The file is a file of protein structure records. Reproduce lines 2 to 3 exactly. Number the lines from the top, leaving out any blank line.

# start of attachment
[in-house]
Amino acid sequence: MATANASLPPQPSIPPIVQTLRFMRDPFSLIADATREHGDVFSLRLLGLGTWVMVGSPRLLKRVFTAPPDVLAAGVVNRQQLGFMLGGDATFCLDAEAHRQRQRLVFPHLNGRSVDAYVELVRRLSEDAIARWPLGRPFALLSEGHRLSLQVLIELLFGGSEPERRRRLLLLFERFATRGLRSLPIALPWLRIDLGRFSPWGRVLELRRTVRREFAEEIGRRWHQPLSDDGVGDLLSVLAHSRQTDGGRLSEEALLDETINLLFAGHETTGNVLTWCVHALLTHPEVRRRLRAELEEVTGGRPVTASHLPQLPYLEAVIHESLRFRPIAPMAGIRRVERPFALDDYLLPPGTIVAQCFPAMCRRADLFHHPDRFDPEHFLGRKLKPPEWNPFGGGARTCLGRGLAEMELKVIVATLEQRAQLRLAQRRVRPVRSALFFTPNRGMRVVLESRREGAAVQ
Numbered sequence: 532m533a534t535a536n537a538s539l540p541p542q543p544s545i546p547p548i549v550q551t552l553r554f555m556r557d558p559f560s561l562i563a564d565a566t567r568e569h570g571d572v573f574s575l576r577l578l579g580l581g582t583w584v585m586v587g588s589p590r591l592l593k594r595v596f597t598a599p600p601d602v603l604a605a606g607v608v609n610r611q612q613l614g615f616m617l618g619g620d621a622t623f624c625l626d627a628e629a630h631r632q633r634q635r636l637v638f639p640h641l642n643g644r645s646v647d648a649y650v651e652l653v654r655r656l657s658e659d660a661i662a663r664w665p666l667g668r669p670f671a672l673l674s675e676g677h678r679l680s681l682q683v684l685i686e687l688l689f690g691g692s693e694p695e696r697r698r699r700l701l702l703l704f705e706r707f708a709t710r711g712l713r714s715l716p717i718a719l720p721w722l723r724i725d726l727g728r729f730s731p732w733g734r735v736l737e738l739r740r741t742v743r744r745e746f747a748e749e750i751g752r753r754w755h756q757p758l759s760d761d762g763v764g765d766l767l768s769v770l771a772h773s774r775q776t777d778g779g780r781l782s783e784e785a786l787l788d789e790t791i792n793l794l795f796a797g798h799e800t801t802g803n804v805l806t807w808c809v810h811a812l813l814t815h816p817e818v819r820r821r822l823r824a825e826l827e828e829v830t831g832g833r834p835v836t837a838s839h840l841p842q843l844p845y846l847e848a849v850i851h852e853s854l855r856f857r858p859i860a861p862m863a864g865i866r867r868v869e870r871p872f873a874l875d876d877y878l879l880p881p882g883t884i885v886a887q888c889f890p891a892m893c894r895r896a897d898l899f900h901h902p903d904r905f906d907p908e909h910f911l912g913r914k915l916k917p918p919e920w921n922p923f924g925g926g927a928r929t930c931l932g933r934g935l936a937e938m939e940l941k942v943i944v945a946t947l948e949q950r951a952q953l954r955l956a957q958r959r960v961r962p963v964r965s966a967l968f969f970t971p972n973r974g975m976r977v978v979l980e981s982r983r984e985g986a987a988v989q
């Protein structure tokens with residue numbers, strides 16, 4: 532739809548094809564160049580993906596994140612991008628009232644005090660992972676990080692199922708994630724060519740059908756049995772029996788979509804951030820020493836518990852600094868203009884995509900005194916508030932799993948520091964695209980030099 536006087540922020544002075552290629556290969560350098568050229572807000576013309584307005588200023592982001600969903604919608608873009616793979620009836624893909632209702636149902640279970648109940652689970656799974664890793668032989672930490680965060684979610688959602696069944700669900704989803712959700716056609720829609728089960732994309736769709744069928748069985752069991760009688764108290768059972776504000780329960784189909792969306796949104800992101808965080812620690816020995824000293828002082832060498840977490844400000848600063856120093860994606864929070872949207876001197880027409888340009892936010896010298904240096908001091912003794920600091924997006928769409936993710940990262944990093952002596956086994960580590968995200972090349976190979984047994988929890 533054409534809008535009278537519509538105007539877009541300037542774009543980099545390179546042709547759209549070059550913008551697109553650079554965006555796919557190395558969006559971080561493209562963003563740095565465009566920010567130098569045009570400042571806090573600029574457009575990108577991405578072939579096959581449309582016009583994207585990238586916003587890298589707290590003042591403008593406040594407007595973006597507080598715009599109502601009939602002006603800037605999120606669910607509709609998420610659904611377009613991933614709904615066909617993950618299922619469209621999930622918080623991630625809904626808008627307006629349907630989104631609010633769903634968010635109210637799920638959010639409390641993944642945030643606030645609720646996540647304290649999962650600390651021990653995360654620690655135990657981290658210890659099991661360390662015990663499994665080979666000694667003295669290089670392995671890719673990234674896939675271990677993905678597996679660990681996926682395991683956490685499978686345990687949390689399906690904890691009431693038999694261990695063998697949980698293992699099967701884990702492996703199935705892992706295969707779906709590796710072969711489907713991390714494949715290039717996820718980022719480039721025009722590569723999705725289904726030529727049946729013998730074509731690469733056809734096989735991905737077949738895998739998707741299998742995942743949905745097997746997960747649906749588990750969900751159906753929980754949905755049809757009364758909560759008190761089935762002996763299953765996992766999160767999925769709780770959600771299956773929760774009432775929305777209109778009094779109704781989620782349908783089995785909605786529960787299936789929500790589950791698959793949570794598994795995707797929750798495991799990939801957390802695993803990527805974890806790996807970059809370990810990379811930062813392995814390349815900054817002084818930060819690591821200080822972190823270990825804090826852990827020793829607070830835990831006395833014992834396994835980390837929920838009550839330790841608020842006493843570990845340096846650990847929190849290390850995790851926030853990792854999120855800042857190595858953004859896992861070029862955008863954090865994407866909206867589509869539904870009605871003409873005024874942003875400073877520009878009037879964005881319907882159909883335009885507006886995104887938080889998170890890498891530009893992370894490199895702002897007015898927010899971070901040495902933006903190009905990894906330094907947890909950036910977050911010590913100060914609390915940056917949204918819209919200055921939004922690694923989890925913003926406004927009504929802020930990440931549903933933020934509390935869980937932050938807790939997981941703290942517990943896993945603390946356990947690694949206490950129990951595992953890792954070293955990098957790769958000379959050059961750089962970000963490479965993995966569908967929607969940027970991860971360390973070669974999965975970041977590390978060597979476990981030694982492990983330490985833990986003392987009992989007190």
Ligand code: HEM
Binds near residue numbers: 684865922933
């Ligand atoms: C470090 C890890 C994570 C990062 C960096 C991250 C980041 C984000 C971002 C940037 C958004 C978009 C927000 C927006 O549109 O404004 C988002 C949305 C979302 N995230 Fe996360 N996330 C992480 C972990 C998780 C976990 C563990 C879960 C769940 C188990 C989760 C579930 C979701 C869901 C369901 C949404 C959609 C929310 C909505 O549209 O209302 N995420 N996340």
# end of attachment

Amino acid sequence: MATANASLPPQPSIPPIVQTLRFMRDPFSLIADATREHGDVFSLRLLGLGTWVMVGSPRLLKRVFTAPPDVLAAGVVNRQQLGFMLGGDATFCLDAEAHRQRQRLVFPHLNGRSVDAYVELVRRLSEDAIARWPLGRPFALLSEGHRLSLQVLIELLFGGSEPERRRRLLLLFERFATRGLRSLPIALPWLRIDLGRFSPWGRVLELRRTVRREFAEEIGRRWHQPLSDDGVGDLLSVLAHSRQTDGGRLSEEALLDETINLLFAGHETTGNVLTWCVHALLTHPEVRRRLRAELEEVTGGRPVTASHLPQLPYLEAVIHESLRFRPIAPMAGIRRVERPFALDDYLLPPGTIVAQCFPAMCRRADLFHHPDRFDPEHFLGRKLKPPEWNPFGGGARTCLGRGLAEMELKVIVATLEQRAQLRLAQRRVRPVRSALFFTPNRGMRVVLESRREGAAVQ
Numbered sequence: 532m533a534t535a536n537a538s539l540p541p542q543p544s545i546p547p548i549v550q551t552l553r554f555m556r557d558p559f560s561l562i563a564d565a566t567r568e569h570g571d572v573f574s575l576r577l578l579g580l581g582t583w584v585m586v587g588s589p590r591l592l593k594r595v596f597t598a599p600p601d602v603l604a605a606g607v608v609n610r611q612q613l614g615f616m617l618g619g620d621a622t623f624c625l626d627a628e629a630h631r632q633r634q635r636l637v638f639p640h641l642n643g644r645s646v647d648a649y650v651e652l653v654r655r656l657s658e659d660a661i662a663r664w665p666l667g668r669p670f671a672l673l674s675e676g677h678r679l680s681l682q683v684l685i686e687l688l689f690g691g692s693e694p695e696r697r698r699r700l701l702l703l704f705e706r707f708a709t710r711g712l713r714s715l716p717i718a719l720p721w722l723r724i725d726l727g728r729f730s731p732w733g734r735v736l737e738l739r740r741t742v743r744r745e746f747a748e749e750i751g752r753r754w755h756q757p758l759s760d761d762g763v764g765d766l767l768s769v770l771a772h773s774r775q776t777d778g779g780r781l782s783e784e785a786l787l788d789e790t791i792n793l794l795f796a797g798h799e800t801t802g803n804v805l806t807w808c809v810h811a812l813l814t815h816p817e818v819r820r821r822l823r824a825e826l827e828e829v830t831g832g833r834p835v836t837a838s839h840l841p842q843l844p845y846l847e848a849v850i851h852e853s854l855r856f857r858p859i860a861p862m863a864g865i866r867r868v869e870r871p872f873a874l875d876d877y878l879l880p881p882g883t884i885v886a887q888c889f890p891a892m893c894r895r896a897d898l899f900h901h902p903d904r905f906d907p908e909h910f911l912g913r914k915l916k917p918p919e920w921n922p923f924g925g926g927a928r929t930c931l932g933r934g935l936a937e938m939e940l941k942v943i944v945a946t947l948e949q950r951a952q953l954r955l956a957q958r959r960v961r962p963v964r965s966a967l968f969f970t971p972n973r974g975m976r977v978v979l980e981s982r983r984e985g986a987a988v989q